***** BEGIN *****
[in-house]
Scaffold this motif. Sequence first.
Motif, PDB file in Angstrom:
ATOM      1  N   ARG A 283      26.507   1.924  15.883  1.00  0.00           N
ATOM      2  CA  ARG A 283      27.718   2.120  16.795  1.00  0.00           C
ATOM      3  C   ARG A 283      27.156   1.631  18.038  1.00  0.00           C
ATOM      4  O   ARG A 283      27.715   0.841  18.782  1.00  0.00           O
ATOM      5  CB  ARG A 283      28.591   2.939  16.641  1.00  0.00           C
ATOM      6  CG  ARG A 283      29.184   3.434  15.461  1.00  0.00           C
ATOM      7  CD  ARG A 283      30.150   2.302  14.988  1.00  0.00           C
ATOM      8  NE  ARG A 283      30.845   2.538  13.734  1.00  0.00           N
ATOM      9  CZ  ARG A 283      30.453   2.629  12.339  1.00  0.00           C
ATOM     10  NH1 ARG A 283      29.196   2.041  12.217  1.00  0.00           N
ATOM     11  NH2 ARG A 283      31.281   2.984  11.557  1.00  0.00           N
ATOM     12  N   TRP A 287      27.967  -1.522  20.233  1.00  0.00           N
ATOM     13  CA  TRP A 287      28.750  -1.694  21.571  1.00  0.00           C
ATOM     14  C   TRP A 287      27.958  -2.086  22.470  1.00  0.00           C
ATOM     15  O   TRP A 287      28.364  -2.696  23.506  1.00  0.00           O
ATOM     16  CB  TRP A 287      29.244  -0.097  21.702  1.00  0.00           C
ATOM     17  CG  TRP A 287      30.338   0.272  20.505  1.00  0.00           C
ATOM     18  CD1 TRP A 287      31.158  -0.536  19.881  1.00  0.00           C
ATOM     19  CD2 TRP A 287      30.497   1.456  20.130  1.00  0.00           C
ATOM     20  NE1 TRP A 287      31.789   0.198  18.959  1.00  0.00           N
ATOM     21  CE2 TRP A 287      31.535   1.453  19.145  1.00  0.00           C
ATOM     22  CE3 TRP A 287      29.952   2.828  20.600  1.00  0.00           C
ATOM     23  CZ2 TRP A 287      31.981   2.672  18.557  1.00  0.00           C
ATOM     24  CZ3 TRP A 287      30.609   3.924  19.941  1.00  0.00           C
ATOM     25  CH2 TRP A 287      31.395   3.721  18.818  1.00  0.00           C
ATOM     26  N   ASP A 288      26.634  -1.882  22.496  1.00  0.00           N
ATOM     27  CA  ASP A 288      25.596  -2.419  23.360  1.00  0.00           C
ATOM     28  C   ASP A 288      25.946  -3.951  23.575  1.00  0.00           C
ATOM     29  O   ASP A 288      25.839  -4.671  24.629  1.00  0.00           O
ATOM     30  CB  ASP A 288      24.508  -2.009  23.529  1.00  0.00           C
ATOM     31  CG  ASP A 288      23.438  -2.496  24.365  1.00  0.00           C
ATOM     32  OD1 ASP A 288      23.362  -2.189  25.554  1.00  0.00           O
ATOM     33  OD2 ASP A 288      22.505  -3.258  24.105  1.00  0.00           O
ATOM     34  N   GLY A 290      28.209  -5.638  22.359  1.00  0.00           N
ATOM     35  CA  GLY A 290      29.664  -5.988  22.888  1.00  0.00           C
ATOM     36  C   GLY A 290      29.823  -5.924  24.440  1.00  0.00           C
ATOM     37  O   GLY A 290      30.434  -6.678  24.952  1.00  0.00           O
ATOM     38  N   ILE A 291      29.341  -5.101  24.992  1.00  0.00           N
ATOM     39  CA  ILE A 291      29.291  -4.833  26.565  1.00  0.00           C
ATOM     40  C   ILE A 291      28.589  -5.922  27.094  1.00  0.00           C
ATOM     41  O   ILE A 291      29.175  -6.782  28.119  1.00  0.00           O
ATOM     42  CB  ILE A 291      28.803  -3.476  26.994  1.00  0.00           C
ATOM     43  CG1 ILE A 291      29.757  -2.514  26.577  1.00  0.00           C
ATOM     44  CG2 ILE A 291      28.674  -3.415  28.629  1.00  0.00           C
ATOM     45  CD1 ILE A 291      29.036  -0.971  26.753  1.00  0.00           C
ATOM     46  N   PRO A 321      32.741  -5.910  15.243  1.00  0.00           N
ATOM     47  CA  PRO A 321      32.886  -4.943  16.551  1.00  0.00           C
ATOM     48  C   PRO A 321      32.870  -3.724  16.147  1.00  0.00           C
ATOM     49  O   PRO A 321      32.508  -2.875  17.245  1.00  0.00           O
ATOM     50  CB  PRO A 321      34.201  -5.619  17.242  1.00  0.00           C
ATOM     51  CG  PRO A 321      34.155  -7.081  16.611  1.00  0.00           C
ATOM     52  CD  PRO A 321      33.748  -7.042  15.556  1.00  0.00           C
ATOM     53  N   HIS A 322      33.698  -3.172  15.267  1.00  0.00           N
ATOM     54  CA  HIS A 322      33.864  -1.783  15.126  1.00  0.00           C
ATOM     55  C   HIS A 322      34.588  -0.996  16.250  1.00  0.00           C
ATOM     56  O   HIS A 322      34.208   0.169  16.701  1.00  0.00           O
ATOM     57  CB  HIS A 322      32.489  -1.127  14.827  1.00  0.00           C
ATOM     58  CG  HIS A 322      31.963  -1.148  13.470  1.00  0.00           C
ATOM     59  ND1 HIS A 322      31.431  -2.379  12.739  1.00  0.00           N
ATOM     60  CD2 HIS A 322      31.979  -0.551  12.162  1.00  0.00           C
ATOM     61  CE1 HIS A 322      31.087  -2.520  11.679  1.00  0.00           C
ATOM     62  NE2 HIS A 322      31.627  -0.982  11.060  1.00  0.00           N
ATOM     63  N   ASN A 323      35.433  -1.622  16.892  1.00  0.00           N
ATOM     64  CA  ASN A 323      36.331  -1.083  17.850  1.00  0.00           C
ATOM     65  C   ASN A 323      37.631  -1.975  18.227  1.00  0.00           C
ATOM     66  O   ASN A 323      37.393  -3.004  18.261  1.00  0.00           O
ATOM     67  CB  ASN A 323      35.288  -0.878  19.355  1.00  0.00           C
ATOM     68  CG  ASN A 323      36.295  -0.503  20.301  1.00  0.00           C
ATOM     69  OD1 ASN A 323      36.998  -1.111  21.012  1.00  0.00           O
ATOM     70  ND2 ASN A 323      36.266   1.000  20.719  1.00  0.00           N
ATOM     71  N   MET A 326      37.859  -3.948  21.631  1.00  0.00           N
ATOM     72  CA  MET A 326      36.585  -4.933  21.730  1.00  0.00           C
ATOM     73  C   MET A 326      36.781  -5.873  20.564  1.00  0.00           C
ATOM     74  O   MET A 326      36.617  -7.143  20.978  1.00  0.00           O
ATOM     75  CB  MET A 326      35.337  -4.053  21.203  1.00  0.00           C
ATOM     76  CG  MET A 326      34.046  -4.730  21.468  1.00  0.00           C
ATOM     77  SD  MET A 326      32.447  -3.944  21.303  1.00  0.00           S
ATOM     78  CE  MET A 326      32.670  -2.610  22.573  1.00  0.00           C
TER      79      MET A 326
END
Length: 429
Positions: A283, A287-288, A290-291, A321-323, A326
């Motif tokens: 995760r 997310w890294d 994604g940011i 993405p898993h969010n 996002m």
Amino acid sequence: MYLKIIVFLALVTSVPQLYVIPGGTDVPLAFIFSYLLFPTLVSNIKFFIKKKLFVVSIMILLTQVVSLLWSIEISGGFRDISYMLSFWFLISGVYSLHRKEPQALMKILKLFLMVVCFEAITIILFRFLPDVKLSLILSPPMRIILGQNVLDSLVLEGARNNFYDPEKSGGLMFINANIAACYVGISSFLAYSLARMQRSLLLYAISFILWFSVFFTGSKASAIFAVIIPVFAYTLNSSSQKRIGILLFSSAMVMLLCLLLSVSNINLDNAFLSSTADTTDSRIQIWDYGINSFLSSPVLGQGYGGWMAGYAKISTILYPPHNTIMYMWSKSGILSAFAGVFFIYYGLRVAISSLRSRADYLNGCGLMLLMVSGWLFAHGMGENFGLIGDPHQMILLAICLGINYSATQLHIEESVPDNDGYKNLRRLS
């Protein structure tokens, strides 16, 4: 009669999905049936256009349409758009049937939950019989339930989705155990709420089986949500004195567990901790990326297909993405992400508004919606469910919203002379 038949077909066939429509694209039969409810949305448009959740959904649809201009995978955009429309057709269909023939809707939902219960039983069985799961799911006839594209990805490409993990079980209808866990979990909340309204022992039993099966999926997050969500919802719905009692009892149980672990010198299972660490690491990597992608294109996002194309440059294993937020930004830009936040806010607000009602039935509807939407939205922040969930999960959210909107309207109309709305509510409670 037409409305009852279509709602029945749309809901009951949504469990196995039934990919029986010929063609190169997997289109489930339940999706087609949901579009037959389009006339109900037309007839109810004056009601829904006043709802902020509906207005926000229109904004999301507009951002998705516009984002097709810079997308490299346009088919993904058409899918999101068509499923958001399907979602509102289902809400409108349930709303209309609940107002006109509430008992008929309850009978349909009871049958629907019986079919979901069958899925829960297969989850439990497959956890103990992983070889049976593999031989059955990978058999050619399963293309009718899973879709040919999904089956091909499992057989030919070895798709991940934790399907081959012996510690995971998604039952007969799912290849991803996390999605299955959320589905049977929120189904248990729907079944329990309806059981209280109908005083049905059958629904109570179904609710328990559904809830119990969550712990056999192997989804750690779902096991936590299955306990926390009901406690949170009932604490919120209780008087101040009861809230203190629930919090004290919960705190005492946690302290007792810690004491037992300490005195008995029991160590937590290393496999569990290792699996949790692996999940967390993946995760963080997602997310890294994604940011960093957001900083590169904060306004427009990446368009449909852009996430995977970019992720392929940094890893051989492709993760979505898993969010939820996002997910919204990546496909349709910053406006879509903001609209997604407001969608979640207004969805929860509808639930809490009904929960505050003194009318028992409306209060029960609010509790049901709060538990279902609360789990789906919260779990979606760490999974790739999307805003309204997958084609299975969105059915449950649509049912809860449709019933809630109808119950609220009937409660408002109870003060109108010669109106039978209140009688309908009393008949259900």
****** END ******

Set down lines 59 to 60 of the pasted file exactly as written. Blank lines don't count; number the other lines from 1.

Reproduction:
ATOM     56  O   HIS A 322      34.208   0.169  16.701  1.00  0.00           O
ATOM     57  CB  HIS A 322      32.489  -1.127  14.827  1.00  0.00           C